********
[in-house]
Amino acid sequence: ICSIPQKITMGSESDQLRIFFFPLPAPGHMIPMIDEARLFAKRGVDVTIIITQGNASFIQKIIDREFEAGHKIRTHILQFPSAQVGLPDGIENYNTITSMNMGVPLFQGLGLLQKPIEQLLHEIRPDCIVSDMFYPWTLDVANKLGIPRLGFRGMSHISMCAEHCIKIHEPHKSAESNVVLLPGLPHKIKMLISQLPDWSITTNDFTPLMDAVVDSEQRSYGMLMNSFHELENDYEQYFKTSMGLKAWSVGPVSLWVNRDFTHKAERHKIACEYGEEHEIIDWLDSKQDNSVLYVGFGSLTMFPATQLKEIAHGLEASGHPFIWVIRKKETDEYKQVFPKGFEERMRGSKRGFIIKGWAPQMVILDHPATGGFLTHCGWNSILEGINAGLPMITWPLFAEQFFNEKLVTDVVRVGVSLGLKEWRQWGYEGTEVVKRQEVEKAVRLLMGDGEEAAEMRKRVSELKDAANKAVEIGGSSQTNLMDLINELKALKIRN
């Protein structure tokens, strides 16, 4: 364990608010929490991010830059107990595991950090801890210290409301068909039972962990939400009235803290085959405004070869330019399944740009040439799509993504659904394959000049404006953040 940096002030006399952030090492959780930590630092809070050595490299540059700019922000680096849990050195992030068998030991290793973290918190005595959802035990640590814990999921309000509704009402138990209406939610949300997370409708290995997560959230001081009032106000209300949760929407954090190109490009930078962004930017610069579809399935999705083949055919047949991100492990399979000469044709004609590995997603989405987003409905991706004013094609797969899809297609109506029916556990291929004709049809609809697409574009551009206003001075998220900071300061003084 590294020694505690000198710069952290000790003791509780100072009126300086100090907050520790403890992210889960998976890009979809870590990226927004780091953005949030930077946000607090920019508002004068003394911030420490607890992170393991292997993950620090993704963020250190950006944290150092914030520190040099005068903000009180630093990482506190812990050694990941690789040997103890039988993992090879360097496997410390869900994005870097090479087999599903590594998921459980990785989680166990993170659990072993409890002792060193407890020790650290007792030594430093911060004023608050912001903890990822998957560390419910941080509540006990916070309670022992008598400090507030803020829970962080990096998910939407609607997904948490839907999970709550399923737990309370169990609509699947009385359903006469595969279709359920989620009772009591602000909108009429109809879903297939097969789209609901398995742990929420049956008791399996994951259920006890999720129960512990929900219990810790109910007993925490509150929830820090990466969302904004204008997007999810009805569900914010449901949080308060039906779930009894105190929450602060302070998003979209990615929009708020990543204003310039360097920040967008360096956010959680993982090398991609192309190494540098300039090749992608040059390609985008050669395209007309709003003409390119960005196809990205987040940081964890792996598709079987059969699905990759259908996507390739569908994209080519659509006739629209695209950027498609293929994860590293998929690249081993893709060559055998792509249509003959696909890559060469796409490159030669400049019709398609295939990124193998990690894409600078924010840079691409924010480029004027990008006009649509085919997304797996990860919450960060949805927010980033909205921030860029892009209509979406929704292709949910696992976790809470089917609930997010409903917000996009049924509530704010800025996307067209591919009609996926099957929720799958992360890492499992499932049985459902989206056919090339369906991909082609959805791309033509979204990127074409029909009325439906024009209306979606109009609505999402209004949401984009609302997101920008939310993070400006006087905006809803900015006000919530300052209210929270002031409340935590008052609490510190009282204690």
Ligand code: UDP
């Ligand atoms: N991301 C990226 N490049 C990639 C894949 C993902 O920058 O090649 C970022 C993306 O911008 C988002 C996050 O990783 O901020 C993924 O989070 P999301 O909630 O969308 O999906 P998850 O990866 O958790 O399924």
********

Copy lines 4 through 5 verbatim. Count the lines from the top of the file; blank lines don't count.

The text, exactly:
Ligand code: UDP
């Ligand atoms: N991301 C990226 N490049 C990639 C894949 C993902 O920058 O090649 C970022 C993306 O911008 C988002 C996050 O990783 O901020 C993924 O989070 P999301 O909630 O969308 O999906 P998850 O990866 O958790 O399924």